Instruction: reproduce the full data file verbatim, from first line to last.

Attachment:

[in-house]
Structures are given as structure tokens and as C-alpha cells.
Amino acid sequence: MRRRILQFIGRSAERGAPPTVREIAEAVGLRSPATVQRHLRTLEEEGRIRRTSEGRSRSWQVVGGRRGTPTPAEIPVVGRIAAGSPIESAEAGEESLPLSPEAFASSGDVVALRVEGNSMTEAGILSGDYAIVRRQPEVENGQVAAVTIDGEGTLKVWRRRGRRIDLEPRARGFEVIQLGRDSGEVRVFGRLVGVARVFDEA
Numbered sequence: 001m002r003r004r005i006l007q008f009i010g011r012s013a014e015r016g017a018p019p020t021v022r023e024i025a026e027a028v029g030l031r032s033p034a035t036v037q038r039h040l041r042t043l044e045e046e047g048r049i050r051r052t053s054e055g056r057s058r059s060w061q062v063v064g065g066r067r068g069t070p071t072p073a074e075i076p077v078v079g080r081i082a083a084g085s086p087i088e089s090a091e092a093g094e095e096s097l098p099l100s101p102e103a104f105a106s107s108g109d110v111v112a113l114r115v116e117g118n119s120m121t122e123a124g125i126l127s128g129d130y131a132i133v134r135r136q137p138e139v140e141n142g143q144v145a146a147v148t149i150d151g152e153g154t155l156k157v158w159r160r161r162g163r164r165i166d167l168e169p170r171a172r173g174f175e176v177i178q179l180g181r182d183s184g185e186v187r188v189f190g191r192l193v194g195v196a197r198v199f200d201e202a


[in-house]
Structures are given as structure tokens and as C-alpha cells.
Amino acid sequence: MRRRILQFIGRSAERGAPPTVREIAEAVGLRSPATVQRHLRTLEEEGRIRRTSEGRSRSWQVVGGRRGTPTPAEIPVVGRIAAGSPIESAEAGEESLPLSPEAFASSGDVVALRVEGNSMTEAGILSGDYAIVRRQPEVENGQVAAVTIDGEGTLKVWRRRGRRIDLEPRARGFEVIQLGRDSGEVRVFGRLVGVARVFDEA
Numbered sequence: 001m002r003r004r005i006l007q008f009i010g011r012s013a014e015r016g017a018p019p020t021v022r023e024i025a026e027a028v029g030l031r032s033p034a035t036v037q038r039h040l041r042t043l044e045e046e047g048r049i050r051r052t053s054e055g056r057s058r059s060w061q062v063v064g065g066r067r068g069t070p071t072p073a074e075i076p077v078v079g080r081i082a083a084g085s086p087i088e089s090a091e092a093g094e095e096s097l098p099l100s101p102e103a104f105a106s107s108g109d110v111v112a113l114r115v116e117g118n119s120m121t122e123a124g125i126l127s128g129d130y131a132i133v134r135r136q137p138e139v140e141n142g143q144v145a146a147v148t149i150d151g152e153g154t155l156k157v158w159r160r161r162g163r164r165i166d167l168e169p170r171a172r173g174f175e176v177i178q179l180g181r182d183s184g185e186v187r188v189f190g191r192l193v194g195v196a197r198v199f200d201e202a